The thing about fly fishing in general, and fly fishing for trout specifically, is that you are forced — if you really want to understand the world in which you wade, and if you really want to catch fish — to pay attention to what they eat. Trout eat a lot of bugs and, at certain times of day and evening, they eat whatever bug makes itself available. They eat aquatic insects in their various stages of development — nymph, or larval stage, pupa and winged adult. (Pupae is where metamorphosis occurs between the larval and adult stages.)
Trout prefer to eat their prey at the nymphal stage, when a caddis fly or mayfly is still crawling or swimming around the river-bottom rocks. They’ll eat a fly at the emerger stage in the surface of a stream and, of course, they’ll go pretty much nuts and rise to the surface when there’s a full hatch of a certain fly. That last phenomenon, mayflies having just hatched and struggling on the surface to take flight, presents the optimum experience for the fly angler. It’s when we present dry imitations of the natural fly, hoping to get a rise out of a trout.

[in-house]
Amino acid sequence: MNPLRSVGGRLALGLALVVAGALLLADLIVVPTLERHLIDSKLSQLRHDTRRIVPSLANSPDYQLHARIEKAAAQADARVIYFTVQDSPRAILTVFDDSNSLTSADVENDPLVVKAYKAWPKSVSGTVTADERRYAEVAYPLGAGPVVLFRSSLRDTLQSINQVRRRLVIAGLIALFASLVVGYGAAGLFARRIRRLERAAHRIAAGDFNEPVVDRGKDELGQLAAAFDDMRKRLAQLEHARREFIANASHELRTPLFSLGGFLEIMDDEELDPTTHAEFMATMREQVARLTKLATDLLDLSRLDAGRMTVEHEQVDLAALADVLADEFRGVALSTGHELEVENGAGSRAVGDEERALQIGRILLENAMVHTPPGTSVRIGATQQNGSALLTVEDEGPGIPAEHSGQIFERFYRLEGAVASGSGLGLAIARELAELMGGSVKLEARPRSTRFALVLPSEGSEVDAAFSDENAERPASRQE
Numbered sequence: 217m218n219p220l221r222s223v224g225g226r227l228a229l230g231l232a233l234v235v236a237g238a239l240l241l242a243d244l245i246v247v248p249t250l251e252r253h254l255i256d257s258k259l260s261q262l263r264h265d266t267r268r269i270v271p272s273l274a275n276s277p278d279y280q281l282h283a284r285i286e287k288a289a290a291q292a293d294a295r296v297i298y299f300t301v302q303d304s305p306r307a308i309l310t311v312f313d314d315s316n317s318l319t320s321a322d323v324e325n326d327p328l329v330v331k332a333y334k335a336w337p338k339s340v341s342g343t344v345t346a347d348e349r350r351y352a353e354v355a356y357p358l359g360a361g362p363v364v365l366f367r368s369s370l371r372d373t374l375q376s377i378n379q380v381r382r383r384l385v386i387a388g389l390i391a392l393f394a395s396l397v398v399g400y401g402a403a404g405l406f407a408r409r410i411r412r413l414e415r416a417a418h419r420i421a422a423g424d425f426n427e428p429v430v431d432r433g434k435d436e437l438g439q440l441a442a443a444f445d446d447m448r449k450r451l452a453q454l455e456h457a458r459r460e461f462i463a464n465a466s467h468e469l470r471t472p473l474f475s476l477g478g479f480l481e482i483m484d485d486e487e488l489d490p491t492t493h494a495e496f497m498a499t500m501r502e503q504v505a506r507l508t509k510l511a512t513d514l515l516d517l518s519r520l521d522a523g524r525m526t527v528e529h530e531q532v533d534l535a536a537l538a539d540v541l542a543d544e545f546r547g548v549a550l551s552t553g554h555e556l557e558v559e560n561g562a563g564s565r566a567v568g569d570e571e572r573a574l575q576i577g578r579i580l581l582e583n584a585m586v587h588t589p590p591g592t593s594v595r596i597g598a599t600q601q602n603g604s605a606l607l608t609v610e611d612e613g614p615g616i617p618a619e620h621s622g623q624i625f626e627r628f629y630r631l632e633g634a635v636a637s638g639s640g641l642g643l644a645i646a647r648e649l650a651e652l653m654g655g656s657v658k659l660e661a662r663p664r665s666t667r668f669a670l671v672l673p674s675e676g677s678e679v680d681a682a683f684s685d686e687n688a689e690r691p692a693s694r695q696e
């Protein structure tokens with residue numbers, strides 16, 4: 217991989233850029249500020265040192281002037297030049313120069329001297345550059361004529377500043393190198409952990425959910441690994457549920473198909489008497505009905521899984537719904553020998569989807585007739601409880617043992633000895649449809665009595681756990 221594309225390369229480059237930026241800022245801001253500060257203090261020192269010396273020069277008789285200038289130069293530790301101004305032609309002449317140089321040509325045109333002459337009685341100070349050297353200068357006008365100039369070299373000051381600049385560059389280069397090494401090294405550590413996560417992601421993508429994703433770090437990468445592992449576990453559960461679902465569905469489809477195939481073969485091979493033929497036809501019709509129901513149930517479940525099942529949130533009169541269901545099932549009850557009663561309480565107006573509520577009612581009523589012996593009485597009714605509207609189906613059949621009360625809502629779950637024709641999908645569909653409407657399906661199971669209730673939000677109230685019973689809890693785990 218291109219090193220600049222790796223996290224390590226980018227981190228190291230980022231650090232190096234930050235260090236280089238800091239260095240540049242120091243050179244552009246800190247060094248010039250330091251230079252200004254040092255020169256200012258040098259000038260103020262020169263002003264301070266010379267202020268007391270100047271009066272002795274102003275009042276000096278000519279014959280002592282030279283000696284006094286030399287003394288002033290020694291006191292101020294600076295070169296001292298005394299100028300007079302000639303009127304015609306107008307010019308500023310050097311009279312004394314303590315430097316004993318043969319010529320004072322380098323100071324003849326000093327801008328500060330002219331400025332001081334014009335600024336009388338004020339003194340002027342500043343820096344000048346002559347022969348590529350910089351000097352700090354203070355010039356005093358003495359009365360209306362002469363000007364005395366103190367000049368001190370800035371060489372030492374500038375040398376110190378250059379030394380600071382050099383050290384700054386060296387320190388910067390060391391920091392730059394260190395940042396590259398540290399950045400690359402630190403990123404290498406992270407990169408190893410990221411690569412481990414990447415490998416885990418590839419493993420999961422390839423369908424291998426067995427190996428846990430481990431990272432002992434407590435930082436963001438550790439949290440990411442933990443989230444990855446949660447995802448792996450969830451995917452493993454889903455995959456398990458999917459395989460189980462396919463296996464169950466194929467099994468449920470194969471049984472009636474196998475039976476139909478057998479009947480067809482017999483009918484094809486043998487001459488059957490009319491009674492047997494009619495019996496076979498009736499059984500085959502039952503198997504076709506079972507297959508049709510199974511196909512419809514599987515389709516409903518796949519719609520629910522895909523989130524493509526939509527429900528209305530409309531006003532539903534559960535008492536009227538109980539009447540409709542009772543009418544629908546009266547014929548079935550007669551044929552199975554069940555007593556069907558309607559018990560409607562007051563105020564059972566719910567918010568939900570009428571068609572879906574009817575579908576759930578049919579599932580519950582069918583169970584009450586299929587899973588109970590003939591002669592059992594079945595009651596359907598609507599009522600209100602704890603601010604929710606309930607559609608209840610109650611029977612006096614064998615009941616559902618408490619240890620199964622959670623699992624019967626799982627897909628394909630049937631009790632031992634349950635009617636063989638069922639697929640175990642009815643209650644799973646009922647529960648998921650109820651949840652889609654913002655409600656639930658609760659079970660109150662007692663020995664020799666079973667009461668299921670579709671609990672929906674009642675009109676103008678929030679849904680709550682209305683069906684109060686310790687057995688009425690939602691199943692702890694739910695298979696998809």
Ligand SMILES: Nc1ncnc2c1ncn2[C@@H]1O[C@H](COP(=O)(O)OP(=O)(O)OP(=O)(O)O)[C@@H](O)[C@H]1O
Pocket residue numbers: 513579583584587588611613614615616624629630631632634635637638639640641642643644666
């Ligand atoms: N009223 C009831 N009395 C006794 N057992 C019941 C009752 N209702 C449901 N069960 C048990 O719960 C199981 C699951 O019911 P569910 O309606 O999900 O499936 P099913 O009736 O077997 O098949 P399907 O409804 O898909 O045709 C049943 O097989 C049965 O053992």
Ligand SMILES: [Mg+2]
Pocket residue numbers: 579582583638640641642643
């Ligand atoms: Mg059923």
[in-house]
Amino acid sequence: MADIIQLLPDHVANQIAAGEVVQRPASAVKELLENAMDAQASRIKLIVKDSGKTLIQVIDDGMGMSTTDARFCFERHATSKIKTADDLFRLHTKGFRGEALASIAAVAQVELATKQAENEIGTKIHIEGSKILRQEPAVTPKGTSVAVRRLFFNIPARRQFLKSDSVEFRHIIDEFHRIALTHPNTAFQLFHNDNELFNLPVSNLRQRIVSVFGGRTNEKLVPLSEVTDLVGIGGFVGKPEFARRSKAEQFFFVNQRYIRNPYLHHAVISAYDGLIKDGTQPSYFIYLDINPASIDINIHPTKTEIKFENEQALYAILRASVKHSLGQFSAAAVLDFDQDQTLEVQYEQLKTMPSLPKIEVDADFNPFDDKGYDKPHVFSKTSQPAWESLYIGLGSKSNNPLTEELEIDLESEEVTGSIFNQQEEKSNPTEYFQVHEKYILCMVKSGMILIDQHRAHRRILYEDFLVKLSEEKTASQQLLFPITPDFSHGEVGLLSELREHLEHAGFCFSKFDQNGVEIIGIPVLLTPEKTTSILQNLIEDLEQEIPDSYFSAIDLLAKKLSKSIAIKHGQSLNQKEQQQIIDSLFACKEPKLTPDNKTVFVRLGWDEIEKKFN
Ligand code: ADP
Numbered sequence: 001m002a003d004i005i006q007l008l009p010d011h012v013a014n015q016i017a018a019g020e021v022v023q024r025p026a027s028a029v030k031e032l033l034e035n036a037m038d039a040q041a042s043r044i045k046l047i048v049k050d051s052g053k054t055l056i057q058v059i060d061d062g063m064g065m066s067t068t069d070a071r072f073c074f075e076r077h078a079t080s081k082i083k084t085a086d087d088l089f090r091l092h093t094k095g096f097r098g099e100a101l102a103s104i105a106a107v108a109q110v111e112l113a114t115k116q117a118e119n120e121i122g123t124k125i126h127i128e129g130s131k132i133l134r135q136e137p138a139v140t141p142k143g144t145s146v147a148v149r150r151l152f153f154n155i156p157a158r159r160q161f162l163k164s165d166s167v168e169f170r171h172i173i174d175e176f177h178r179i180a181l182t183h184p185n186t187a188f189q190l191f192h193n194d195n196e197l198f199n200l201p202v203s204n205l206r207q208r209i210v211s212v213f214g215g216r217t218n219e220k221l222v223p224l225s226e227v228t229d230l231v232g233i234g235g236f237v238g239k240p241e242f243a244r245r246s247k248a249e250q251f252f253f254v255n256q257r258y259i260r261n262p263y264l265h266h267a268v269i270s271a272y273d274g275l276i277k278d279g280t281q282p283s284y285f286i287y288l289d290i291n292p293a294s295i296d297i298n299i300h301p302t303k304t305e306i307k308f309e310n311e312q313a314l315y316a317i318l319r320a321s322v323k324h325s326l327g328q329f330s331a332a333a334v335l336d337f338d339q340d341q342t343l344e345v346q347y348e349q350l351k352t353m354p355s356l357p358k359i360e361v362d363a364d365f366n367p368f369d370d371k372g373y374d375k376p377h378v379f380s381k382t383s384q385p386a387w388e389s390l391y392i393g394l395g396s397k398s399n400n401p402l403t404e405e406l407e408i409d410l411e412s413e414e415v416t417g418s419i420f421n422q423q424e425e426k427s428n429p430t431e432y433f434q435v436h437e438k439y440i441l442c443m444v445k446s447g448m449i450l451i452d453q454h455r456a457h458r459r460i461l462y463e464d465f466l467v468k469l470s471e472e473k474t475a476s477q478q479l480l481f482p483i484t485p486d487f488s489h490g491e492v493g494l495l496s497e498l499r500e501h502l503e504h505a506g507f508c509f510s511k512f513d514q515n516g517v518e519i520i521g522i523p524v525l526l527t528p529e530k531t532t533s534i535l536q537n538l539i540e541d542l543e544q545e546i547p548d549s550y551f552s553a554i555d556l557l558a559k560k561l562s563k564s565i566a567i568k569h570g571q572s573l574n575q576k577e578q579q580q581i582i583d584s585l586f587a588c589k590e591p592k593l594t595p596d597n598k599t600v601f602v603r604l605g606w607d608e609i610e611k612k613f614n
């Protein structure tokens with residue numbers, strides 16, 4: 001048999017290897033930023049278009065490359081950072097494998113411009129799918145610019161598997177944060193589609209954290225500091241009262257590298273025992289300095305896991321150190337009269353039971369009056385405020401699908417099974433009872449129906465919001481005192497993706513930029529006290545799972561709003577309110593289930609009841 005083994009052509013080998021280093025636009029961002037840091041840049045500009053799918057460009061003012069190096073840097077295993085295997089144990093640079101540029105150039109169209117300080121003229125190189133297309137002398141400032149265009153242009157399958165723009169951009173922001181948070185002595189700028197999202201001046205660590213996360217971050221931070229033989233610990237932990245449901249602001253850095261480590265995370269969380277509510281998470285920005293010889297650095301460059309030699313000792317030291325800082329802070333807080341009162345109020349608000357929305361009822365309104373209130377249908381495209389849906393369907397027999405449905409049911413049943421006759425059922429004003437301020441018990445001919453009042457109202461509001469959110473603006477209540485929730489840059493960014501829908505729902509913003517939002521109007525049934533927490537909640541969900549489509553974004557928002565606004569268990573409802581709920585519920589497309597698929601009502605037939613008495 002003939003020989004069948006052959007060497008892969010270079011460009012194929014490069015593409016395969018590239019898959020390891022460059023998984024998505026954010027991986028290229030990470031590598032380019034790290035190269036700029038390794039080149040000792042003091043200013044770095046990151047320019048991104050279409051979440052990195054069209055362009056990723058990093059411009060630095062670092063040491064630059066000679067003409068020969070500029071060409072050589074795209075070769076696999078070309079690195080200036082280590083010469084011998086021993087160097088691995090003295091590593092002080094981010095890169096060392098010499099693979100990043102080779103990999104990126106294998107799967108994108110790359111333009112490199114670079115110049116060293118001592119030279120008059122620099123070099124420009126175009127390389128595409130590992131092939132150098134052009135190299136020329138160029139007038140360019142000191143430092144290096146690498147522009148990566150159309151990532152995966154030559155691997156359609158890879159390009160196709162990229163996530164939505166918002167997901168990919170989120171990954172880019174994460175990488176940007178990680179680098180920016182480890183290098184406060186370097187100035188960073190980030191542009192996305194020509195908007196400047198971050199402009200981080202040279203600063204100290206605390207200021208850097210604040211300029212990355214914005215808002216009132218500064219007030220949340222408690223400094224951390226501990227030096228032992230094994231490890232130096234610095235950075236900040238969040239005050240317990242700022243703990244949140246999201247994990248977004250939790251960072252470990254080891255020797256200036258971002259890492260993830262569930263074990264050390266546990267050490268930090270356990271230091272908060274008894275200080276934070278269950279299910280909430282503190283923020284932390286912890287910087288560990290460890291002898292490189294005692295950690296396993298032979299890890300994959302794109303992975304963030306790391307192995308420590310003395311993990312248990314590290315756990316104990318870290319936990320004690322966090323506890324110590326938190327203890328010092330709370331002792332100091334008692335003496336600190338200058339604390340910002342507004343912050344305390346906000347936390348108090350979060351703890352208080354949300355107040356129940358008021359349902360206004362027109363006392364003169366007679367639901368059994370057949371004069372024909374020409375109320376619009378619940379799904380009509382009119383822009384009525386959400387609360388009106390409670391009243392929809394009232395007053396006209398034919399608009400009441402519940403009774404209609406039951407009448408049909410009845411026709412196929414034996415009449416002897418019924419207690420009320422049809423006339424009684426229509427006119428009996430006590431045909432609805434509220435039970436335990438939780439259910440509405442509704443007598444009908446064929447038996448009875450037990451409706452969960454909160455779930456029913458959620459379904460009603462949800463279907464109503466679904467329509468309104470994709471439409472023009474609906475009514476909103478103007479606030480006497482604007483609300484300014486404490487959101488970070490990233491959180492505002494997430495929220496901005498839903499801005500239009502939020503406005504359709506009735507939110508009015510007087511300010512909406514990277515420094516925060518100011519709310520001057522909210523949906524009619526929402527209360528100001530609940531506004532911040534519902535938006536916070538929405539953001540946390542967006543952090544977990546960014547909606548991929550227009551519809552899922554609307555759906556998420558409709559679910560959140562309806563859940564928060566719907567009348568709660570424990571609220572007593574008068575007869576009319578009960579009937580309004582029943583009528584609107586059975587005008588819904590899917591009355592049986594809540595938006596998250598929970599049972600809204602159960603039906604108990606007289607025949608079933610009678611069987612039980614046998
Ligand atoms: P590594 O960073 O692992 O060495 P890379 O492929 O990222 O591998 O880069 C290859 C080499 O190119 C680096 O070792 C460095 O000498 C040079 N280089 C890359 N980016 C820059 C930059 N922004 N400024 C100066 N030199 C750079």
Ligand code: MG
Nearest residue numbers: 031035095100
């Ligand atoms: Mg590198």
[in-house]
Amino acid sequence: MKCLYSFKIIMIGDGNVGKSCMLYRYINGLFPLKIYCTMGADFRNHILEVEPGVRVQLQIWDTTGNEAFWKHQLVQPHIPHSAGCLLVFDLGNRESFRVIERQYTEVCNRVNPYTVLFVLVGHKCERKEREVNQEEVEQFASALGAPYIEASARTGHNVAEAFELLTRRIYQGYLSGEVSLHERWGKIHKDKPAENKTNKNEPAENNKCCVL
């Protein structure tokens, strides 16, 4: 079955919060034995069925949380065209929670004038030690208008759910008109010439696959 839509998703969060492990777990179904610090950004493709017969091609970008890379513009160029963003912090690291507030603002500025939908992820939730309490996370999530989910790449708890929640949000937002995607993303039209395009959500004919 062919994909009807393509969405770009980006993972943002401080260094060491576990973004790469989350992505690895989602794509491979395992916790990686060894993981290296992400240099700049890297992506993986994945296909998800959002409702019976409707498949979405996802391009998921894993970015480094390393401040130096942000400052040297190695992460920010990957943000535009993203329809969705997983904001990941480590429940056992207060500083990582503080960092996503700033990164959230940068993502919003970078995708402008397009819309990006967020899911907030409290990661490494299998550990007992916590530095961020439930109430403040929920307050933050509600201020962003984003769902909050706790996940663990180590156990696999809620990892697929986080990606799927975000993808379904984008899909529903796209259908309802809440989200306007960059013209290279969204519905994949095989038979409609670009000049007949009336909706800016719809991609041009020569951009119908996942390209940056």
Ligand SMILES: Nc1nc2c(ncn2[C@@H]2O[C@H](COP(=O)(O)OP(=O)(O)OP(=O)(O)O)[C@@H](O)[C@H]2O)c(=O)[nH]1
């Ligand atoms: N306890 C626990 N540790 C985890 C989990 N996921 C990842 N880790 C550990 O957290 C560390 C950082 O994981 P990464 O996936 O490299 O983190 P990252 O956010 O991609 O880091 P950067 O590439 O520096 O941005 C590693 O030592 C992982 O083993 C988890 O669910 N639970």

So we pay a lot of attention to what emerges from a stream. These photographs show the shucked exoskeletons of various river creatures, the large stonefly (Acroneuria) most prominent. They are a significant part of the trout diet. Stoneflies crawl on rocks, break out of their nymphal cast and emerge as winged adults, and they do this at night, when only the trout are watching.